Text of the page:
Who knows what to believe when it comes to celebrity "journalism," but it's apparently been confirmed that Angelina Jolie will adopt a child from Syri a -something described on the website of the U.S. embassy in Damascus as "a difficult process and often an impossible one." In many countries, celebrity status probably has little effect on adoption matters, but in a country where adoption is "essentially illegal," the perverse effect is that anything pretty much goes-if you've got the required currency. Cash, glamour, celebrity, or all of the above clearly come into play.
In countries that are large players in international adoption, like China, Korea, and Kazahkstan, hard and fast rules apply, designed to protect both the child and the adoptive parent. Placing children through an elaborate system is meant to prevent corruption, kidnapping, and blackmail, and although there have been notorious failures, in general it works. In countries where adoption is handled privately, there's far more room for almost any kind of trouble you can imagine, but if you can get past the initial barriers to entry, there are advantages-if you're Angelina. Most countries place some limit on the number of children in a family. None would allow only one parent in a married couple [correction: or partnership] to adopt a child, as the Daily Mail reports is happening here, and all also require substantial investigation into whether a family is ready in various ways to adopt-although it's hard to imagine a social worker refusing to endorse Jolie.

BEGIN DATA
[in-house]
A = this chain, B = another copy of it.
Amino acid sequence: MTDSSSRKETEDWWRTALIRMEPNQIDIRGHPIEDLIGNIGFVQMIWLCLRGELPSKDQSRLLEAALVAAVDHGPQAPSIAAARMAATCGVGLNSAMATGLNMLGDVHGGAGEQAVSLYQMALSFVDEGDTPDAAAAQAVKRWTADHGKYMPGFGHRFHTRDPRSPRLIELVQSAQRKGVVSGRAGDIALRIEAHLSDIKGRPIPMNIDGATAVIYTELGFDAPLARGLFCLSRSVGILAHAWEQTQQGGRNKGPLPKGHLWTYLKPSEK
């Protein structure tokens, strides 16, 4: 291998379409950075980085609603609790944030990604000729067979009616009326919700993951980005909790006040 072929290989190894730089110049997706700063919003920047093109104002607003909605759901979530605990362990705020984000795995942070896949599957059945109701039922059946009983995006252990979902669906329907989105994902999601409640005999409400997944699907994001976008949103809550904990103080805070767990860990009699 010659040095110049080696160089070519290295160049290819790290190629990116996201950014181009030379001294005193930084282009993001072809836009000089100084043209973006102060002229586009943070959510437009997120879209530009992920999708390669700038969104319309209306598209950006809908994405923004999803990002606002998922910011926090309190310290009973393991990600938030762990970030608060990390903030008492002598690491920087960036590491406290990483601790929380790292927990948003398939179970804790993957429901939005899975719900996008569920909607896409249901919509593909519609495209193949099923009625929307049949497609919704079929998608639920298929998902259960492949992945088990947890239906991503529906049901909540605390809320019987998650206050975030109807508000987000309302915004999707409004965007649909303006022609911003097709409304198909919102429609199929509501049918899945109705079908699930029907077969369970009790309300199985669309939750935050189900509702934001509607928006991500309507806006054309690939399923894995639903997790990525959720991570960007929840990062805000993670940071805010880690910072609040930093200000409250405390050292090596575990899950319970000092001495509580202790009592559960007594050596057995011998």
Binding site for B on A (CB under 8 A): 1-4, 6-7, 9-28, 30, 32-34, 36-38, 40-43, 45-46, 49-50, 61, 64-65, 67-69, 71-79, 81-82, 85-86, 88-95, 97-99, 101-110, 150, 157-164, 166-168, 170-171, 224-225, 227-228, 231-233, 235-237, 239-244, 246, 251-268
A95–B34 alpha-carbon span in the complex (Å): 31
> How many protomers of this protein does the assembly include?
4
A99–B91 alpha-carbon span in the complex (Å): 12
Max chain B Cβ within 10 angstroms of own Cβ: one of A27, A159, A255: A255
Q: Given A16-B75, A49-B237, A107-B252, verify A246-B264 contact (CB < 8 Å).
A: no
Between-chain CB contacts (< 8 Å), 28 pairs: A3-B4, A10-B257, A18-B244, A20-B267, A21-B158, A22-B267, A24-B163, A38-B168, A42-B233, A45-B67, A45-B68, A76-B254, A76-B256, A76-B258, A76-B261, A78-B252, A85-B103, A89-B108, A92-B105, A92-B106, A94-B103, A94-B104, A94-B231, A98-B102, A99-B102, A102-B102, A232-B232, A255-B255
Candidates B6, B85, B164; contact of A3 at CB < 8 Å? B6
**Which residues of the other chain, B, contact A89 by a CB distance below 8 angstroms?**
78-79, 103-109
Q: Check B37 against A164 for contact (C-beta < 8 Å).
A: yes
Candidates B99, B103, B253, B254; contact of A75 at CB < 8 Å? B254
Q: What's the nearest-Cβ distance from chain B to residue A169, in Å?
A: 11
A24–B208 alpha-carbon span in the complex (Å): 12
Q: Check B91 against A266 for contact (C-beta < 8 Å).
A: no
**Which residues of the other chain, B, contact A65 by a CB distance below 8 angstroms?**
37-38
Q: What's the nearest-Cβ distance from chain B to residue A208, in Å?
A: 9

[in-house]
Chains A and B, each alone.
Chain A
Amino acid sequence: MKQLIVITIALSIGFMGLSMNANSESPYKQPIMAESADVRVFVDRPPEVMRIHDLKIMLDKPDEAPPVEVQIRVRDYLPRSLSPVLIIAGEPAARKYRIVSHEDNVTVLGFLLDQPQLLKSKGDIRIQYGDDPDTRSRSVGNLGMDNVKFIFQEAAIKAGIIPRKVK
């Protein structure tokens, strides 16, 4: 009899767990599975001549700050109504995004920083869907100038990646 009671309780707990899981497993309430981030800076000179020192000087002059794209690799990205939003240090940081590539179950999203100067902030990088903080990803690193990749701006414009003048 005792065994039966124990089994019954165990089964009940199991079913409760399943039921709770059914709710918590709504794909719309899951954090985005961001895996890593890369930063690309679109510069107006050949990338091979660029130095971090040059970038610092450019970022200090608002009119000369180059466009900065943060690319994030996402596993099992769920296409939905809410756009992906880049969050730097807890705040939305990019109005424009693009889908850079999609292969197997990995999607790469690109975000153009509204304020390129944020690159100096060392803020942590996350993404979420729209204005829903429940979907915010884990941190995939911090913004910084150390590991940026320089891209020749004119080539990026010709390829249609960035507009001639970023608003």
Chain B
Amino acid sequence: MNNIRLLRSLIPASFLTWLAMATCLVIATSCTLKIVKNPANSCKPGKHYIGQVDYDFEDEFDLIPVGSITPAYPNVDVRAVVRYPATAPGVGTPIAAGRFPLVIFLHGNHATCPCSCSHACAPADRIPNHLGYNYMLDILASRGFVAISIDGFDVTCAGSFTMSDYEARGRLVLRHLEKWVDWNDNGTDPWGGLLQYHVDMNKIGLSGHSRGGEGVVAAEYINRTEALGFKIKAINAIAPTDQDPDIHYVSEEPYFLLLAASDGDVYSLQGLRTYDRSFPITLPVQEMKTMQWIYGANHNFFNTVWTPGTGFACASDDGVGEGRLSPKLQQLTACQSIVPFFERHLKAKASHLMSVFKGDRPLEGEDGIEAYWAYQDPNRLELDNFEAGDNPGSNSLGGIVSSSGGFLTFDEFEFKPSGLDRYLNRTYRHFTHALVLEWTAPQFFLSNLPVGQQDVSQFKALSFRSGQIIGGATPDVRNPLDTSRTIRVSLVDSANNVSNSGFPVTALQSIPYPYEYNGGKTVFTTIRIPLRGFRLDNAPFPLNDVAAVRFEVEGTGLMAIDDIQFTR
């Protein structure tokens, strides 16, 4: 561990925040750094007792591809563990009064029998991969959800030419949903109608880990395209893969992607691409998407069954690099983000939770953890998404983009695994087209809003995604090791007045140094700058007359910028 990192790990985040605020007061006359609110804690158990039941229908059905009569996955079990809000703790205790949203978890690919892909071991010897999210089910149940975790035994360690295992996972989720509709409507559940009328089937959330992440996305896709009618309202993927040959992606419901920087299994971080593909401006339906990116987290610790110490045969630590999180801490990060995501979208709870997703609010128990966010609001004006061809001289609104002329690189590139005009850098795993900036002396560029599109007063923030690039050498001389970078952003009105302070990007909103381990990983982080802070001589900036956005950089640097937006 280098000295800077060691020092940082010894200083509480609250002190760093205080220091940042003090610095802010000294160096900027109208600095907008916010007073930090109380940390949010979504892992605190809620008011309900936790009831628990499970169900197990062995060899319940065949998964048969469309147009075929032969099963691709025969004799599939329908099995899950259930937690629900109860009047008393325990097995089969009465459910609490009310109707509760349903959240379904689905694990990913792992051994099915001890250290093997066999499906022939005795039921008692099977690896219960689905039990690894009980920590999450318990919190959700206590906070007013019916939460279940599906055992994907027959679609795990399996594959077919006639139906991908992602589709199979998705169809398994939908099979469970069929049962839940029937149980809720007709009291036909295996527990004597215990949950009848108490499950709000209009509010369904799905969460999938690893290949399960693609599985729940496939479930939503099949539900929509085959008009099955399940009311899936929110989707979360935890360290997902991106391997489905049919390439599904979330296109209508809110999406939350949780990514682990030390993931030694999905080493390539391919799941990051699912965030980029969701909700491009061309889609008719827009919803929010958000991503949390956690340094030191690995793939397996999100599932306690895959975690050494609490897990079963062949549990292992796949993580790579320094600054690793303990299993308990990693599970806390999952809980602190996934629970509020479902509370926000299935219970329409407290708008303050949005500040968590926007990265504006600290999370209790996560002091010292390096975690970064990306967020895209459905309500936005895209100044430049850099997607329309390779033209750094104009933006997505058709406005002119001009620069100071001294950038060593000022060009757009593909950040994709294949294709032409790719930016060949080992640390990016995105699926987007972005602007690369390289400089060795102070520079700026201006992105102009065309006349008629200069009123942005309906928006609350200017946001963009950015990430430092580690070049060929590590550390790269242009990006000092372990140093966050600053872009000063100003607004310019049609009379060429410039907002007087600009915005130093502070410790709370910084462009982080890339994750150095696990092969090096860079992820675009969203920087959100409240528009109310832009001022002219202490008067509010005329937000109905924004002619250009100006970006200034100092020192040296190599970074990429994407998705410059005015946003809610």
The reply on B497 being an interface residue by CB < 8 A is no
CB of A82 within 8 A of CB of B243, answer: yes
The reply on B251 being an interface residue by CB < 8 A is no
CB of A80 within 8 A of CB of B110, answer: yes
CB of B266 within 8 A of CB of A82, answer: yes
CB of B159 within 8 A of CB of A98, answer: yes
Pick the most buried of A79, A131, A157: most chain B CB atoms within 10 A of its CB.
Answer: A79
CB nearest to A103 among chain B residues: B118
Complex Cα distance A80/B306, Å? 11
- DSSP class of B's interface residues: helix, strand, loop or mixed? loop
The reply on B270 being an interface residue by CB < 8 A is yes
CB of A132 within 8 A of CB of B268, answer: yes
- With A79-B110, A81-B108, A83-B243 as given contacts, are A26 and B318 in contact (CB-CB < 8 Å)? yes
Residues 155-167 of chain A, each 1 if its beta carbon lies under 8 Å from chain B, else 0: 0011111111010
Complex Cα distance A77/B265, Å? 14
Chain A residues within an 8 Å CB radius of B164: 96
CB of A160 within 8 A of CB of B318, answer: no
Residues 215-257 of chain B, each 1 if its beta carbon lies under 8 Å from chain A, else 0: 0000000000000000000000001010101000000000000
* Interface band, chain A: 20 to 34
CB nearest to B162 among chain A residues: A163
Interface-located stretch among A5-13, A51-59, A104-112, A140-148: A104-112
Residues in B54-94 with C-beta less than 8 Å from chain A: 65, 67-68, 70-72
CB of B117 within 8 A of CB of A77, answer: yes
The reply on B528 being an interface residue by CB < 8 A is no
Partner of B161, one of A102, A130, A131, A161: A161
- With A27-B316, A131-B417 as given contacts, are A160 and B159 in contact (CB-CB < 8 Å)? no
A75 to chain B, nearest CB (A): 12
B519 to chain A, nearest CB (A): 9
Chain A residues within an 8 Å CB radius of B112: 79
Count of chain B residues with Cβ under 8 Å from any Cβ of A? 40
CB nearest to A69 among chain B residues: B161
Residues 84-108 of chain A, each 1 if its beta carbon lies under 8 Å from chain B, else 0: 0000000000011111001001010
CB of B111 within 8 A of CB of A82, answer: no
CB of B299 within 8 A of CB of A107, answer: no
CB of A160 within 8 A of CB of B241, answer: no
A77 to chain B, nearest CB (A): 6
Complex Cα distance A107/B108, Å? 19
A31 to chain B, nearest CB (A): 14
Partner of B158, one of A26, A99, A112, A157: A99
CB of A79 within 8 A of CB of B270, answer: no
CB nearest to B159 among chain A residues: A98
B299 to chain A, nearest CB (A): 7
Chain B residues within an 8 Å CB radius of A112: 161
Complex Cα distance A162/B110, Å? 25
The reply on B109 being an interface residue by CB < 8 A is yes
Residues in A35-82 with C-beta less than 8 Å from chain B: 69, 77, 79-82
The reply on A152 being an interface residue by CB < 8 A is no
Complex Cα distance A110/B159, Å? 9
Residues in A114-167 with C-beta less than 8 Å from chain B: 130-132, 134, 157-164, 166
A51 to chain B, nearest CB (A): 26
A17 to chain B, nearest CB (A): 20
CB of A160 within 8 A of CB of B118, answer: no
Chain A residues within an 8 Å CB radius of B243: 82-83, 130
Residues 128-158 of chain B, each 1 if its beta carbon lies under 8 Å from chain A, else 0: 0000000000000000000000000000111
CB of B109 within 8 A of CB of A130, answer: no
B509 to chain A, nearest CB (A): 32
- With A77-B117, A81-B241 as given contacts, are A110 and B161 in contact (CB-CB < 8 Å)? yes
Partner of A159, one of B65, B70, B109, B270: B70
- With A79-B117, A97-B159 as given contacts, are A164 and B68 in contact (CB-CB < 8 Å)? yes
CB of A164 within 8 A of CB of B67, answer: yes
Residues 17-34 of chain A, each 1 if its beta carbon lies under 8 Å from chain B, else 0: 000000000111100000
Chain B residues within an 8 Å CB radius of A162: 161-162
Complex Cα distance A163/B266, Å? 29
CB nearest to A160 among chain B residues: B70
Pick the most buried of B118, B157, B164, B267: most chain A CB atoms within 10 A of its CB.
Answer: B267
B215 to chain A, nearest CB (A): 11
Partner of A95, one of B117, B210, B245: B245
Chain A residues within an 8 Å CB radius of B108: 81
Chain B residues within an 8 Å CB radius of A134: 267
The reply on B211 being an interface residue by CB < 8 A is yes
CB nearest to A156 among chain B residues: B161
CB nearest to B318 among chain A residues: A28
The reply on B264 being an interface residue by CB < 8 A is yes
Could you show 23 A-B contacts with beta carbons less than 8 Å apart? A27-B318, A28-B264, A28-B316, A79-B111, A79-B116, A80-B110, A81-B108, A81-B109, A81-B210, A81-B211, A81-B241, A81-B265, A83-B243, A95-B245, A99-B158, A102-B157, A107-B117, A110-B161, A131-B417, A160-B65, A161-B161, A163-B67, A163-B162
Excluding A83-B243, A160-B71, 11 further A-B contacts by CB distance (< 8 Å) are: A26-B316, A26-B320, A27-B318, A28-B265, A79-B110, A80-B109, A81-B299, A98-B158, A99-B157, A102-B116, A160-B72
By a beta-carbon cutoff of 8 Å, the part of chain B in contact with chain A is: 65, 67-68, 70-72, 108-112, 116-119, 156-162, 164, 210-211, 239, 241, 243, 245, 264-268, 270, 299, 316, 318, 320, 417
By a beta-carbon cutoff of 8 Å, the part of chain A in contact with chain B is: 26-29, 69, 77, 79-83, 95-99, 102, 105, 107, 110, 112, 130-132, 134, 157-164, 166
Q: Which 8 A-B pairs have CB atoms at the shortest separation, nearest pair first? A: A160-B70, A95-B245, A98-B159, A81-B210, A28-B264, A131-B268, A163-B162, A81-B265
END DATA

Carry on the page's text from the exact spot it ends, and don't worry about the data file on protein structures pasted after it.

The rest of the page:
In other words, Jolie may not be qualified to adopt in the standard way, particularly if it's true that her partner [husband] isn't on board. So one possible objection to this adoption is clearly correct: It's not fair. But it's hard to argue that a child would be better off in an orphanage than as part of the Jolie clan, or that she won't grow up better off. An orphaned Syrian girl has few educational opportunities in her future and very limited social options. I also find it hard to argue that the addition of another mouth to feed is going to change much for the family, other than in the way any sibling does. They're a large, unusual clan at either six or seven, and whether they're being raised by nannies or by Jolie and Pitt, their life is what it is. If Jolie wanted to have another baby, she could. If she feels like she can cope with another child-and with her partner's [husband's] unease, if that part of the story is true-then man, good luck to her. I have four kids under 8, and I couldn't do five, but I'd never say there aren't plenty of people out there better at this than me.
Correction: The original post implied, incorrectly, that Brad Pitt and Angelina Jolie were married. The author--while noting that no less a source than Star Magazine steered her wrong--regrets the error.